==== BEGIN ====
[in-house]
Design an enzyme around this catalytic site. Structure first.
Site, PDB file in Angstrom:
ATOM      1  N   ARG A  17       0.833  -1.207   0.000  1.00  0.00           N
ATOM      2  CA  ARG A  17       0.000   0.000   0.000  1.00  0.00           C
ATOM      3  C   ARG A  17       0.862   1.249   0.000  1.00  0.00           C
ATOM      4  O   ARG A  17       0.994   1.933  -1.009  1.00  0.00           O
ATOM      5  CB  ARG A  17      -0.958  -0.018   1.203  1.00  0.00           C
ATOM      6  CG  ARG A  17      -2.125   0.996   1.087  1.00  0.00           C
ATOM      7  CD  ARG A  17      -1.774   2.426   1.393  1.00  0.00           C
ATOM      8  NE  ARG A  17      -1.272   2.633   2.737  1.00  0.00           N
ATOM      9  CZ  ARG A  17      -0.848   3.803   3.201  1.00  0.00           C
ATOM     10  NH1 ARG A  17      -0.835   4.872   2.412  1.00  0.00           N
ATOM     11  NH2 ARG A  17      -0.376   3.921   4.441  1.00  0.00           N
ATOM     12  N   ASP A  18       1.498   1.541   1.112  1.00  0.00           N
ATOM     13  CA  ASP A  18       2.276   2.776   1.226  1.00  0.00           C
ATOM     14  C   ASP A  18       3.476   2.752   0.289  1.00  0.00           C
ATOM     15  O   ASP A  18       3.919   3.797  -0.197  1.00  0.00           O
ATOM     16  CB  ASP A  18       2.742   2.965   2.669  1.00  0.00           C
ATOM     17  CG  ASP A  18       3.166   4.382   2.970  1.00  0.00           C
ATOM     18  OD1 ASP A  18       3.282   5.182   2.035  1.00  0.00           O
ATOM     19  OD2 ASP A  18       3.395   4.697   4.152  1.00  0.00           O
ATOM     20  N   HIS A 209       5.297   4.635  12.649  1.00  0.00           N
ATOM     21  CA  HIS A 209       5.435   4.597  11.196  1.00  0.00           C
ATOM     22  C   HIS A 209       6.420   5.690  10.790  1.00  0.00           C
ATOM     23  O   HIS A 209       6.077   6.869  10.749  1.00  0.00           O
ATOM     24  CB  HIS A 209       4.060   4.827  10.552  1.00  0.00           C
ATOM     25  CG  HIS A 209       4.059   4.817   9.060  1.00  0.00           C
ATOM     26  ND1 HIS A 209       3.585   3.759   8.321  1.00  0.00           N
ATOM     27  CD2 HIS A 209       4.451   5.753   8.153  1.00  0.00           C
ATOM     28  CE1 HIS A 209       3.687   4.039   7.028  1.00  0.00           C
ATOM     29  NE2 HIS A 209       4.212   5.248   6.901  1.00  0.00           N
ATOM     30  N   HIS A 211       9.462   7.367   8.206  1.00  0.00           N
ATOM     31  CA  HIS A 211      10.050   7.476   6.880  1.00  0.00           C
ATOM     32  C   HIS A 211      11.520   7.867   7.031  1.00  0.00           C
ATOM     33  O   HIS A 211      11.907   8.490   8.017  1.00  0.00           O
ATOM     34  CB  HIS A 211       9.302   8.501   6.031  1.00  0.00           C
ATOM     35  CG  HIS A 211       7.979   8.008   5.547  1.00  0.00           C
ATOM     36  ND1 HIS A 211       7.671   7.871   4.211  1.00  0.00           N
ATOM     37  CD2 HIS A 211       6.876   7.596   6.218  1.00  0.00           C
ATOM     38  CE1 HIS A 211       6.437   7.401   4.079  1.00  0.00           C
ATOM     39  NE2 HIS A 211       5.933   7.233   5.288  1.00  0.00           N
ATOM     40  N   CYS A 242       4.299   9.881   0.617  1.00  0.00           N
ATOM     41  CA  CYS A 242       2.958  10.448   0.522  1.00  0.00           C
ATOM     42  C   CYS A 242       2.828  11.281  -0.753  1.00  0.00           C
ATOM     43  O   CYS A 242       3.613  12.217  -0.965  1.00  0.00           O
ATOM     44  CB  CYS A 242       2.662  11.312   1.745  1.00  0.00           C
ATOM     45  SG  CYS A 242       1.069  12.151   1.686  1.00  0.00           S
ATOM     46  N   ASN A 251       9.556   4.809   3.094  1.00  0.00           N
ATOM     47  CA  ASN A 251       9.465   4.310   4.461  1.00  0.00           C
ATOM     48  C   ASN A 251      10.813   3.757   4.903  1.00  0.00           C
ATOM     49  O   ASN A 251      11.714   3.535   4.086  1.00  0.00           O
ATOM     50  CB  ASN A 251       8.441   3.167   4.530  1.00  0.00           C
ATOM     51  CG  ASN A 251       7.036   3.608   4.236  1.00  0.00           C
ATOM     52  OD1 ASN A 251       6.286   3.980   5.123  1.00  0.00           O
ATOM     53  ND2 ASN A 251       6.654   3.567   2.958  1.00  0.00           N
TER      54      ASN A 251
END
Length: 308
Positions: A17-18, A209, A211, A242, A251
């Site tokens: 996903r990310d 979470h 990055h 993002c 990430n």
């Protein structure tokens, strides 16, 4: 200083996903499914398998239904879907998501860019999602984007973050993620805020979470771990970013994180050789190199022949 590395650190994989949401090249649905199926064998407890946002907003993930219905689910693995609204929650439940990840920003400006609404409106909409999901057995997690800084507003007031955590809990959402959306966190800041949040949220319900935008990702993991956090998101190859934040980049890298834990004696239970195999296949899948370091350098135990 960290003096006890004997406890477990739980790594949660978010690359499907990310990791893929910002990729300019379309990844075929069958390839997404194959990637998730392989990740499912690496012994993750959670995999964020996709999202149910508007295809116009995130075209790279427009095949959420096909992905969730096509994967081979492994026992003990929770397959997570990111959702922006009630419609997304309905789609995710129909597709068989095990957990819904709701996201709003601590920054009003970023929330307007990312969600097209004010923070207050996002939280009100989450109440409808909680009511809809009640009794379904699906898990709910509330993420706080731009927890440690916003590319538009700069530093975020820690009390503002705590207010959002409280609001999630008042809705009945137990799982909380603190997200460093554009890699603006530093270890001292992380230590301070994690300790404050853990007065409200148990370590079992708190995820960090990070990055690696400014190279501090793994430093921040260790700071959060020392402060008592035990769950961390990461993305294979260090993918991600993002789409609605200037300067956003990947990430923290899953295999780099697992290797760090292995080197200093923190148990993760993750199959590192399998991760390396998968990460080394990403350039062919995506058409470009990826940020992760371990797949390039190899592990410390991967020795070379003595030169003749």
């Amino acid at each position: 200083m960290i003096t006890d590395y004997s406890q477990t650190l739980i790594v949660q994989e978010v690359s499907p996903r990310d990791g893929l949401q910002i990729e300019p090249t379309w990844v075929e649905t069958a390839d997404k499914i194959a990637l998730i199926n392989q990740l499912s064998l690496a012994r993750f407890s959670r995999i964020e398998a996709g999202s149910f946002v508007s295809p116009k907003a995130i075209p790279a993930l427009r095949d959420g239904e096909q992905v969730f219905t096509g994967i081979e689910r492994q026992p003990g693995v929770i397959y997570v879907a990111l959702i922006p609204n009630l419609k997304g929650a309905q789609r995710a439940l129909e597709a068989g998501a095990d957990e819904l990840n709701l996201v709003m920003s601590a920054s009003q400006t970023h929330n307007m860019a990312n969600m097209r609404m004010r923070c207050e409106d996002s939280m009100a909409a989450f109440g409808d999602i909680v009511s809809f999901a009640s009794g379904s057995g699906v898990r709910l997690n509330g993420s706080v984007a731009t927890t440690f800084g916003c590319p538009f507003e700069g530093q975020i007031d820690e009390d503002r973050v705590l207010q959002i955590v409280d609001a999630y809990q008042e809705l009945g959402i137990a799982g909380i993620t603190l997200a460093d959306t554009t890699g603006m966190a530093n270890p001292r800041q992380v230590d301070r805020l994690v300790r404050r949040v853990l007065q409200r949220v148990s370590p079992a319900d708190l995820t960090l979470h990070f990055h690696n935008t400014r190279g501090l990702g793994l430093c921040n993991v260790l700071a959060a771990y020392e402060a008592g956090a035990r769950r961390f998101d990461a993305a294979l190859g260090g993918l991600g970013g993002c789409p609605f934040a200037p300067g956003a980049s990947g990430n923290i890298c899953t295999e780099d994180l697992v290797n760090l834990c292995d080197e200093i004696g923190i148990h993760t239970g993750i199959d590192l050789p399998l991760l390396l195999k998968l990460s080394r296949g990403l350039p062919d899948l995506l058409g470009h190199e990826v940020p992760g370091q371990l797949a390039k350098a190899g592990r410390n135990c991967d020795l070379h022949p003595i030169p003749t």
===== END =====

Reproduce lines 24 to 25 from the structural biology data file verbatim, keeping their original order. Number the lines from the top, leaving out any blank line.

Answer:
ATOM     21  CA  HIS A 209       5.435   4.597  11.196  1.00  0.00           C
ATOM     22  C   HIS A 209       6.420   5.690  10.790  1.00  0.00           C